India’s website quoting an Indian naval officer reported, “To questions about the possibility of the LTTE acquiring a submarine and how big a threat this would pose to India and its neighbourhood, Rear Admiral Pradeep Chuahan said the threat would be as good or bad as threats posed by any terrorist group operating on land.”

The United States coast guard authorities were tight lipped regarding the incident after a number of Colombians with Rajakumar Rajadurai (52) a Sri Lankan Tamil were caught transporting 2.9 tons of cocaine into the United States originating from Bogota Colombia, the world’s biggest producer of cocaine in a crude home made submarine. The submarine was used to escape the intense surveillance of airplanes by US drug enforcement authorities. The accused were facing life imprisonment.

The large merchant navy owned by the Liberation Tigers of Tamil Eelam is thought to be transporting drugs as a main income for the terrorist group.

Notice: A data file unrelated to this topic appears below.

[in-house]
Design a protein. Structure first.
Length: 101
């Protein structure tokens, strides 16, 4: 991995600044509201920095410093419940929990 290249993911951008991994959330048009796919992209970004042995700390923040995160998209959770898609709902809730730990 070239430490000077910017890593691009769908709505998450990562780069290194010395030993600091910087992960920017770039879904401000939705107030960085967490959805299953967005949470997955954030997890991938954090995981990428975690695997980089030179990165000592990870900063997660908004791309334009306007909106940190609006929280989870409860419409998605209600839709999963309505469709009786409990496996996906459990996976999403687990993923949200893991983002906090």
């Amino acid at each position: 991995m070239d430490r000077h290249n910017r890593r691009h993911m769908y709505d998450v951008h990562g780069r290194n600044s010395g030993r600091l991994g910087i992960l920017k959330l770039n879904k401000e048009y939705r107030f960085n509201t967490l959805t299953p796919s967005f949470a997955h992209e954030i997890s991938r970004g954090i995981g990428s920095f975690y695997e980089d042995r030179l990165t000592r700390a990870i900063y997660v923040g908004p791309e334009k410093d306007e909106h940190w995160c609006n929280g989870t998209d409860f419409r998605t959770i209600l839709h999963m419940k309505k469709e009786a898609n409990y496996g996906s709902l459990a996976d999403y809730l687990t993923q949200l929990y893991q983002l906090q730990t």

The cocaine submarine was taken into custody with nearly three tons of cocaine in the early part of December 2006 90 nautical miles southwest of Cabo Blanco, Costa Rica, in international waters.

Earlier than this incident Thai authorities took into custody a crude unfinished submarine that was being built by the LTTE in that country.

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Lasith Malinga the first man in International cricket to take four wickets in four balls – The Clip


Sri Lanka fast bowler Lasith Malinga was unaware he had become the first man in international cricket to take four wickets in four balls, against South Africa in the World Cup Super Eights.

“I didn’t know if anyone else had taken four,” Malinga told a news conference. “I know now I was the first person and I’m very happy. But my team lost the game.”

Lasith Malinga took four wickets in four consecutive balls – against South Africa in the 2007 Cricket World Cup. The batsmen dismissed were:

* Shaun Pollock (13) bowled

* Andrew Hall (0) caught at cover

* Jacques Kallis (86) caught behind

* Makhaya Ntini (0) bowled.

This is the first and only instance of four wickets in four consecutive balls in One Day International or for that matter in any form of international cricket.